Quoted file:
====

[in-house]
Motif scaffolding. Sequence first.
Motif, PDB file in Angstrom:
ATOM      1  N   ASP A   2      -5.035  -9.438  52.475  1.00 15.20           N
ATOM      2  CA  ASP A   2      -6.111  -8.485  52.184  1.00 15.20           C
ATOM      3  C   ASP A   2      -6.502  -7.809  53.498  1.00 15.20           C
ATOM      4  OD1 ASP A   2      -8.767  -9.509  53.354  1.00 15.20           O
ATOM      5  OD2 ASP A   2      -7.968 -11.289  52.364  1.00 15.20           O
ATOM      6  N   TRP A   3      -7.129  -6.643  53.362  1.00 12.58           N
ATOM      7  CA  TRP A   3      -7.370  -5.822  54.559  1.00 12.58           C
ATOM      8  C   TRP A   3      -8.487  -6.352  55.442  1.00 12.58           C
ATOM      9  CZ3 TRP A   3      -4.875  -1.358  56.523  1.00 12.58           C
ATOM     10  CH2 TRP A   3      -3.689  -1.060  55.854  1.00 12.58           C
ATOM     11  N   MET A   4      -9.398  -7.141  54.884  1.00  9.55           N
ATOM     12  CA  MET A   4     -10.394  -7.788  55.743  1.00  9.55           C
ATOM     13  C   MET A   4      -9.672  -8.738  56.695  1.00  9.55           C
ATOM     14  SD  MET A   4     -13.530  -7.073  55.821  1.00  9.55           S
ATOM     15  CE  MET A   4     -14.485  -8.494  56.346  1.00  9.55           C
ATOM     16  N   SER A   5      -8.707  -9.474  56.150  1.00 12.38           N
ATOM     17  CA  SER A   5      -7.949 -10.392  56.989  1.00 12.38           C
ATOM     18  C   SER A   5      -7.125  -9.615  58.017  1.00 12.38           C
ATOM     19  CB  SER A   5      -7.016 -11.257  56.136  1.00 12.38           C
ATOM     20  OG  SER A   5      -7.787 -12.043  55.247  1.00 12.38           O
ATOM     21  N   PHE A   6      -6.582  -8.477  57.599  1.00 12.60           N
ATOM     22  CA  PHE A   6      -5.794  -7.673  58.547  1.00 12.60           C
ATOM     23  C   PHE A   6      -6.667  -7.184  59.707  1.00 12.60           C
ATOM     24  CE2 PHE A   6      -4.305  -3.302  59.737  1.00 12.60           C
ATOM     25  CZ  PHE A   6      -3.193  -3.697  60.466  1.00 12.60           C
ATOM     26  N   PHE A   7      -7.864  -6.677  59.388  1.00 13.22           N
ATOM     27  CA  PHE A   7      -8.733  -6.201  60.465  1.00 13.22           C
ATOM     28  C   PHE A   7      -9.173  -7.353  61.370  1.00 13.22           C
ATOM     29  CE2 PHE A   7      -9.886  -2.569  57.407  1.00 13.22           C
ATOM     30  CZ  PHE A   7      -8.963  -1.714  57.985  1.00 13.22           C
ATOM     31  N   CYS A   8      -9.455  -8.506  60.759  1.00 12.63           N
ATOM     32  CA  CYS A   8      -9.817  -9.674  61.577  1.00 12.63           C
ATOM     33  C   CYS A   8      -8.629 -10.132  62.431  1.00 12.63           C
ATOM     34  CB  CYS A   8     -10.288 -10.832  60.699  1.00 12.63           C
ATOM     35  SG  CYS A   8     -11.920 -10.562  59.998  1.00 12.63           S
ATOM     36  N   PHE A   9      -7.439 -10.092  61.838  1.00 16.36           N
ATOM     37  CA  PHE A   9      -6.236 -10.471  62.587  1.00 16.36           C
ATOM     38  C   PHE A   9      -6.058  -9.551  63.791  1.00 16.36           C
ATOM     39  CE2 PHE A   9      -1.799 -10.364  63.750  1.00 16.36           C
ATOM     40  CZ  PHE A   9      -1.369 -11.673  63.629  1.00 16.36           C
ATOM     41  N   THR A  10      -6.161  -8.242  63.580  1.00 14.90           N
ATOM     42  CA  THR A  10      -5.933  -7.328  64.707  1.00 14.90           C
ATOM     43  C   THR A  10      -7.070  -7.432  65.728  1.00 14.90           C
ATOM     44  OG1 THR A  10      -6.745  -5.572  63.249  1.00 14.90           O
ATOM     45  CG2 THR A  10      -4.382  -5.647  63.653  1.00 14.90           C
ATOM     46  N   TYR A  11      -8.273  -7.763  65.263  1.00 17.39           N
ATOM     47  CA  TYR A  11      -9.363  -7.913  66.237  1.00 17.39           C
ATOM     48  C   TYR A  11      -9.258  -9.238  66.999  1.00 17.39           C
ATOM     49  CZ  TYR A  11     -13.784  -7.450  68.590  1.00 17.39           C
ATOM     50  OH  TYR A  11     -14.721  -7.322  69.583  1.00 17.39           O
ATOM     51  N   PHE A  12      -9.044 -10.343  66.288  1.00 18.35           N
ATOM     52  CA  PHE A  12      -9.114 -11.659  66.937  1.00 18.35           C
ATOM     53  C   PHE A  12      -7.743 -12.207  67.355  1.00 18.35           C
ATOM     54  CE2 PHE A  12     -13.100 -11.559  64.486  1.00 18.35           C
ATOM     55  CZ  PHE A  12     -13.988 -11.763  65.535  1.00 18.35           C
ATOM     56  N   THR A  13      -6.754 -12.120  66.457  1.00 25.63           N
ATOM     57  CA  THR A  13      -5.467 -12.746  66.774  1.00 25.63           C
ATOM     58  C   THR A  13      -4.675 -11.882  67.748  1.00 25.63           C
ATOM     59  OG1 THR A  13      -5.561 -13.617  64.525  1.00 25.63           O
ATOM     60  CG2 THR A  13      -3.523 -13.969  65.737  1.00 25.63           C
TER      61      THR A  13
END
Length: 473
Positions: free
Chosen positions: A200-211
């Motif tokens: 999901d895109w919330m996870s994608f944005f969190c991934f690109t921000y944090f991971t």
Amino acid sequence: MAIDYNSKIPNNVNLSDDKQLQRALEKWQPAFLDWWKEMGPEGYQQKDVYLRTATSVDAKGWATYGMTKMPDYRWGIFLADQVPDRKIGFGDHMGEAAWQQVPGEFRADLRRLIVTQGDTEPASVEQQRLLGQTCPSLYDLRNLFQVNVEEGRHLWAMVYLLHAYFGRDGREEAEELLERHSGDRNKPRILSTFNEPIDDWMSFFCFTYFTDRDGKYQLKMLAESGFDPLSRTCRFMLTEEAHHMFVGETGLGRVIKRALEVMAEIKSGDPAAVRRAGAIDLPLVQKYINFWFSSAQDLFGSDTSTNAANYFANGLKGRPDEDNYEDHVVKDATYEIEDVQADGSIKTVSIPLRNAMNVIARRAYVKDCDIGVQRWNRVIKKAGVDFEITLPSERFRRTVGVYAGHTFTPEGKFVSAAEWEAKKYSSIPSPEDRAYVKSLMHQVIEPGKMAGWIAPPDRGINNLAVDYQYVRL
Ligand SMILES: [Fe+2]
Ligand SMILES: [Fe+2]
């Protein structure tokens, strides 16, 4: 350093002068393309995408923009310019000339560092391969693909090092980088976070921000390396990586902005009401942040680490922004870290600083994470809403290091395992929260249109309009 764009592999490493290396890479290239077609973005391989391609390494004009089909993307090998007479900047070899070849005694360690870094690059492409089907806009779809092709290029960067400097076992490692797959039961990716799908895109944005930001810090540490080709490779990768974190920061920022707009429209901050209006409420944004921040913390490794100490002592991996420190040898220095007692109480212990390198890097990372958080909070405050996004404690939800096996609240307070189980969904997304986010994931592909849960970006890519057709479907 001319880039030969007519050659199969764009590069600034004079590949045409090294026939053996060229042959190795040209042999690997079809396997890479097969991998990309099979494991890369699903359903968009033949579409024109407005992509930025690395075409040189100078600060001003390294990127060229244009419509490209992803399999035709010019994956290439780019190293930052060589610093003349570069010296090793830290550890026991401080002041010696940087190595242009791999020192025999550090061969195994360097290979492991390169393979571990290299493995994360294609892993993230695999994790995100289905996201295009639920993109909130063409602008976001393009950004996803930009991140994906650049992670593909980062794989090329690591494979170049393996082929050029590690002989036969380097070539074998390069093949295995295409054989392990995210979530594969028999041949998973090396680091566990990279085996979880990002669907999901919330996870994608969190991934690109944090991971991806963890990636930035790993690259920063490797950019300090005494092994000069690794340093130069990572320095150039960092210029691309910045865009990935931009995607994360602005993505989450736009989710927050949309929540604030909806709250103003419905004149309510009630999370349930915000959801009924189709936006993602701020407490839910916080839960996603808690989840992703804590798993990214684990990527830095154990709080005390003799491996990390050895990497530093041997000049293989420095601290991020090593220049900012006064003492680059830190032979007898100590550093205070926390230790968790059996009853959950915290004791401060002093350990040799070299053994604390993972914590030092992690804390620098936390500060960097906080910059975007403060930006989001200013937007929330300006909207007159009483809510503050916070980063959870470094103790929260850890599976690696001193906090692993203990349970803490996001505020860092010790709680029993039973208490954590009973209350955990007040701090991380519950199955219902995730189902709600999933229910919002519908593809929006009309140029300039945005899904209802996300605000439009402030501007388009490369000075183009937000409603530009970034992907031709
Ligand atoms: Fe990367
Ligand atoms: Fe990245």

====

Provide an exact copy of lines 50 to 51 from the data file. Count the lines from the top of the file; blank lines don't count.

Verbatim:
ATOM     47  CA  TYR A  11      -9.363  -7.913  66.237  1.00 17.39           C
ATOM     48  C   TYR A  11      -9.258  -9.238  66.999  1.00 17.39           C